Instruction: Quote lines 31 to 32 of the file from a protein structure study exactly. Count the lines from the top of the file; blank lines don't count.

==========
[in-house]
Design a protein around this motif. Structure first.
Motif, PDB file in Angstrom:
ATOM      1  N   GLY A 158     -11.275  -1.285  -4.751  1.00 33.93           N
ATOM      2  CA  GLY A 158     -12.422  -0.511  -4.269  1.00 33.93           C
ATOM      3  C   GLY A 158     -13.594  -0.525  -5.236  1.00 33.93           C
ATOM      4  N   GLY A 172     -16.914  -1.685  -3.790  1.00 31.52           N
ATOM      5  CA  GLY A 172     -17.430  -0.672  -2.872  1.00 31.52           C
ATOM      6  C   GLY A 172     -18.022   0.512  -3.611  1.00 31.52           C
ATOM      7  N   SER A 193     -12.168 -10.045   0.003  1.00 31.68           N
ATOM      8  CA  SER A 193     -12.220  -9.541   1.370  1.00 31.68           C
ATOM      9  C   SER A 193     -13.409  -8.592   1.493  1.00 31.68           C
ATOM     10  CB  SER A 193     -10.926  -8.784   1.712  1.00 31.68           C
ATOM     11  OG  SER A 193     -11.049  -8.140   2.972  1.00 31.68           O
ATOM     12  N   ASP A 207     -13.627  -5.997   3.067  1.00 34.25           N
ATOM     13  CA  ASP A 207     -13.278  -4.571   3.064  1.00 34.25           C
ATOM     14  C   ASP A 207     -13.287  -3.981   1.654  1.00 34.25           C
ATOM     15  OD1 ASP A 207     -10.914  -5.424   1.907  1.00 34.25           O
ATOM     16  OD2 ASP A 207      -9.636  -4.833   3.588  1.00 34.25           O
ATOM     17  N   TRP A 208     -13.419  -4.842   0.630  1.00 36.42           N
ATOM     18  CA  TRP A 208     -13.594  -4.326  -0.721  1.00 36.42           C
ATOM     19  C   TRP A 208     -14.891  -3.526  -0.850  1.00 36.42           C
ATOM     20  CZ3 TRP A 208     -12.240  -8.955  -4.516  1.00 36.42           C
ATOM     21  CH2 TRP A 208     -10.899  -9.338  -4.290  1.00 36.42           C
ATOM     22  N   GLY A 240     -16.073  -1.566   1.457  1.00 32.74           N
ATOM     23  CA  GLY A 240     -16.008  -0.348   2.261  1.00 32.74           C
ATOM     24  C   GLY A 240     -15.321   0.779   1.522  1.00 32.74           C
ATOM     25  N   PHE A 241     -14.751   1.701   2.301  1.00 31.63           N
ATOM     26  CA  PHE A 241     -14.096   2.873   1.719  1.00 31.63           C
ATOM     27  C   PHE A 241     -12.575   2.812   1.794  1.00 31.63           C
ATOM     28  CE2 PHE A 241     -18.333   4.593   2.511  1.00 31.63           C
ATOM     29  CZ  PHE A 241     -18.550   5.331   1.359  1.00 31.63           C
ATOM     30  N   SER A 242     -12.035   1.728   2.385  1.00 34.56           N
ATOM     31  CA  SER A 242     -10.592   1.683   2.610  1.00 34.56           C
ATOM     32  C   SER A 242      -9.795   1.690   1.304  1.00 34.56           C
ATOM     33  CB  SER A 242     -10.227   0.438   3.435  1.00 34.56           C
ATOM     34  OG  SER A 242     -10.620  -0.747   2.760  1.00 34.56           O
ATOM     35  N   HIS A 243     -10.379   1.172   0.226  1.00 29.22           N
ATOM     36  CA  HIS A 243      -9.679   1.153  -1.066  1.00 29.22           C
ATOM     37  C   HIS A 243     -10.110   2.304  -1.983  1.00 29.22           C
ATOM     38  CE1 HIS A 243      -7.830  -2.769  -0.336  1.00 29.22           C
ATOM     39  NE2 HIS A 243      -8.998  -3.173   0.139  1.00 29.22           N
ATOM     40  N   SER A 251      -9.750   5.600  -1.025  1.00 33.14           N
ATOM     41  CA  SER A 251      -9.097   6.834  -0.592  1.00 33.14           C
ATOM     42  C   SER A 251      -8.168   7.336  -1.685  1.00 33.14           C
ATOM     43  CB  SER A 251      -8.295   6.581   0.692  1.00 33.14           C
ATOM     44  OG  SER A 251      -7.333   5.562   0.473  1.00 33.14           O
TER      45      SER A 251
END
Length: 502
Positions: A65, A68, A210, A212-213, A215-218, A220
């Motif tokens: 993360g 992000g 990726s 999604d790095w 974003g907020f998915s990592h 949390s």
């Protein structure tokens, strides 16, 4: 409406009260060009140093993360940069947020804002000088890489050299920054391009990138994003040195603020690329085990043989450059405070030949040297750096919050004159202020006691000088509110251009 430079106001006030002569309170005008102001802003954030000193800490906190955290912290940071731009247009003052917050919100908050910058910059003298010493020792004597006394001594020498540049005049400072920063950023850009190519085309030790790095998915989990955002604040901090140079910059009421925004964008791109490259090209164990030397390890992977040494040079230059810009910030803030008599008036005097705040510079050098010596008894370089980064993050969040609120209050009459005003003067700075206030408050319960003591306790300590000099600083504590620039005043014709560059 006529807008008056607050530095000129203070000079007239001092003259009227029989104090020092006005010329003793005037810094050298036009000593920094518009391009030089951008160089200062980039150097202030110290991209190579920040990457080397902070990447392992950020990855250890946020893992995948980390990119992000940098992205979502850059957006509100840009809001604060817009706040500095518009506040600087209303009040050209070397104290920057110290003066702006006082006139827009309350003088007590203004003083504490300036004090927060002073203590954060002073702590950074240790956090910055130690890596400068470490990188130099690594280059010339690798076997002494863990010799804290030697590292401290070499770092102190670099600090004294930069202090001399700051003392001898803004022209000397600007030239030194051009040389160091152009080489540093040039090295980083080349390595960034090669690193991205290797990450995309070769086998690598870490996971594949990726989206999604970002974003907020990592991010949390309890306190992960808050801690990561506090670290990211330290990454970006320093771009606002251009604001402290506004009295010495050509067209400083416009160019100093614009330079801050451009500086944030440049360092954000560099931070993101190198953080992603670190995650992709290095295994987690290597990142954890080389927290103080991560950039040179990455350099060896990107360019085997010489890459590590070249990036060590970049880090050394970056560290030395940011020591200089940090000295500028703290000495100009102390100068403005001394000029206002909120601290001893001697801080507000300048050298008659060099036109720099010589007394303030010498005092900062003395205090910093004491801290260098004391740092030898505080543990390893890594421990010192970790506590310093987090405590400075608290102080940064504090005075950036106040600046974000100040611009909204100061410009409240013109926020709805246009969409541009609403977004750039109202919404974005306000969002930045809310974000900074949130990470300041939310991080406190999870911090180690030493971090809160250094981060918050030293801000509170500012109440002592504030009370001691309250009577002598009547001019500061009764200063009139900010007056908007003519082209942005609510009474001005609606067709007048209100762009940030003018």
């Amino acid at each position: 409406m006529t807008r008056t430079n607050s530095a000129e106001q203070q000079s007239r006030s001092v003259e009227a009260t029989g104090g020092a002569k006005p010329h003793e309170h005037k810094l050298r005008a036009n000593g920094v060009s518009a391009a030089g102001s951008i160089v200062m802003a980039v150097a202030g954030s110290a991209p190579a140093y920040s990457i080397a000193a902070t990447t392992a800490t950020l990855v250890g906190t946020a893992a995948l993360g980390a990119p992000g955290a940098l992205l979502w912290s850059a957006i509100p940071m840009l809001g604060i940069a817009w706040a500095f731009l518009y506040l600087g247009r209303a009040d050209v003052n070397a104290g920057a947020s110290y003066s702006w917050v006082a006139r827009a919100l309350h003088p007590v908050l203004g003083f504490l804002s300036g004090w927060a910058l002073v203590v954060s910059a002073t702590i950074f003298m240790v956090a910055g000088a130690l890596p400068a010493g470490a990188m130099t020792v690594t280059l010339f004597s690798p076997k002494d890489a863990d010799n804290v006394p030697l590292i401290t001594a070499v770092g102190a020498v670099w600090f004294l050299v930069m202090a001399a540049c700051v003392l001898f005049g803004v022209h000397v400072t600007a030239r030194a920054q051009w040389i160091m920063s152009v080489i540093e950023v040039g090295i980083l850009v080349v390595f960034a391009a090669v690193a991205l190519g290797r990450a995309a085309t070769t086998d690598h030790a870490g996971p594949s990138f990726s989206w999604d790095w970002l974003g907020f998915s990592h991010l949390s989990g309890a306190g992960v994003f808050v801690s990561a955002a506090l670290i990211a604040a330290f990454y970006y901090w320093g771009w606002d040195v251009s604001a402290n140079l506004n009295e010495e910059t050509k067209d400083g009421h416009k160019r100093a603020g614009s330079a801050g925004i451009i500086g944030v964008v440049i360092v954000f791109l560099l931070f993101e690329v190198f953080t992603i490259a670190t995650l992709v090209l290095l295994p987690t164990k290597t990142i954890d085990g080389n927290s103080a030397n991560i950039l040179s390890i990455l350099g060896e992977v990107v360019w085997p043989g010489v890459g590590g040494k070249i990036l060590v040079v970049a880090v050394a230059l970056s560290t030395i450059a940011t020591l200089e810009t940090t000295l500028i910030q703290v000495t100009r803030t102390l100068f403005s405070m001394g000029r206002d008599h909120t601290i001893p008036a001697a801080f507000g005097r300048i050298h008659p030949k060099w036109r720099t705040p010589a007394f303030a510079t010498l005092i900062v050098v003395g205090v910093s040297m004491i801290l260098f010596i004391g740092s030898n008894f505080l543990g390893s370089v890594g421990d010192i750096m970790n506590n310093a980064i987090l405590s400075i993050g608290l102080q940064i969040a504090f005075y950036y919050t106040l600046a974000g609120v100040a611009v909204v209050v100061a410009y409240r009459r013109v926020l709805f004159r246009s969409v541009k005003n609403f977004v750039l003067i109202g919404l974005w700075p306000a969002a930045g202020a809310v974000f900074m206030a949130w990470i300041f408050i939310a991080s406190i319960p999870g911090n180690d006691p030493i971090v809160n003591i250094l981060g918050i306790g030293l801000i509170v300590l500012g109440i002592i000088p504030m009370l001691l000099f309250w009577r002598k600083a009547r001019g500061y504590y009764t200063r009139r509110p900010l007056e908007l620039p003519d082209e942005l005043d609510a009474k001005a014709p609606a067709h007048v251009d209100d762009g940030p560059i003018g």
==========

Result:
ATOM     28  CE2 PHE A 241     -18.333   4.593   2.511  1.00 31.63           C
ATOM     29  CZ  PHE A 241     -18.550   5.331   1.359  1.00 31.63           C